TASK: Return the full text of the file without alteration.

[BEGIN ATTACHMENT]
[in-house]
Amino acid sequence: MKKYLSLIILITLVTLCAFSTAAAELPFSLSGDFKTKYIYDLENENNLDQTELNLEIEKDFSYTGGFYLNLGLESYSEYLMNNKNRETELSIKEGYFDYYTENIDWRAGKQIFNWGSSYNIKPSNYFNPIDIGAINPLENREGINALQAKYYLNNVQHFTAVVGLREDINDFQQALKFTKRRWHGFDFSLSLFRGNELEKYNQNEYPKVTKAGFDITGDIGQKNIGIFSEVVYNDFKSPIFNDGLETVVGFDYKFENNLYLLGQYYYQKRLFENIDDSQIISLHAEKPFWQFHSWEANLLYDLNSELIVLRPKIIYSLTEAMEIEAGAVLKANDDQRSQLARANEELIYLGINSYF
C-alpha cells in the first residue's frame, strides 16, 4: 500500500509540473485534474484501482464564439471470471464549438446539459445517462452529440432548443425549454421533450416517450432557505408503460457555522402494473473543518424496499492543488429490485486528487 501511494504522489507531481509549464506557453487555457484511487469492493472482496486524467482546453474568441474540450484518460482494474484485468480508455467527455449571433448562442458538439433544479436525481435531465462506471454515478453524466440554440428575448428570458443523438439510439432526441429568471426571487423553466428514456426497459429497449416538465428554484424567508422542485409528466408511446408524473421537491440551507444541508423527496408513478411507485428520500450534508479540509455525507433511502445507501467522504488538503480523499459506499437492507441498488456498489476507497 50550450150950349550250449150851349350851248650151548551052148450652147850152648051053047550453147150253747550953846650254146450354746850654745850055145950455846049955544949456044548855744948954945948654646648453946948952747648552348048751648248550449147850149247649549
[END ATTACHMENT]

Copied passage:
[in-house]
Amino acid sequence: MKKYLSLIILITLVTLCAFSTAAAELPFSLSGDFKTKYIYDLENENNLDQTELNLEIEKDFSYTGGFYLNLGLESYSEYLMNNKNRETELSIKEGYFDYYTENIDWRAGKQIFNWGSSYNIKPSNYFNPIDIGAINPLENREGINALQAKYYLNNVQHFTAVVGLREDINDFQQALKFTKRRWHGFDFSLSLFRGNELEKYNQNEYPKVTKAGFDITGDIGQKNIGIFSEVVYNDFKSPIFNDGLETVVGFDYKFENNLYLLGQYYYQKRLFENIDDSQIISLHAEKPFWQFHSWEANLLYDLNSELIVLRPKIIYSLTEAMEIEAGAVLKANDDQRSQLARANEELIYLGINSYF
C-alpha cells in the first residue's frame, strides 16, 4: 500500500509540473485534474484501482464564439471470471464549438446539459445517462452529440432548443425549454421533450416517450432557505408503460457555522402494473473543518424496499492543488429490485486528487 501511494504522489507531481509549464506557453487555457484511487469492493472482496486524467482546453474568441474540450484518460482494474484485468480508455467527455449571433448562442458538439433544479436525481435531465462506471454515478453524466440554440428575448428570458443523438439510439432526441429568471426571487423553466428514456426497459429497449416538465428554484424567508422542485409528466408511446408524473421537491440551507444541508423527496408513478411507485428520500450534508479540509455525507433511502445507501467522504488538503480523499459506499437492507441498488456498489476507497 50550450150950349550250449150851349350851248650151548551052148450652147850152648051053047550453147150253747550953846650254146450354746850654745850055145950455846049955544949456044548855744948954945948654646648453946948952747648552348048751648248550449147850149247649549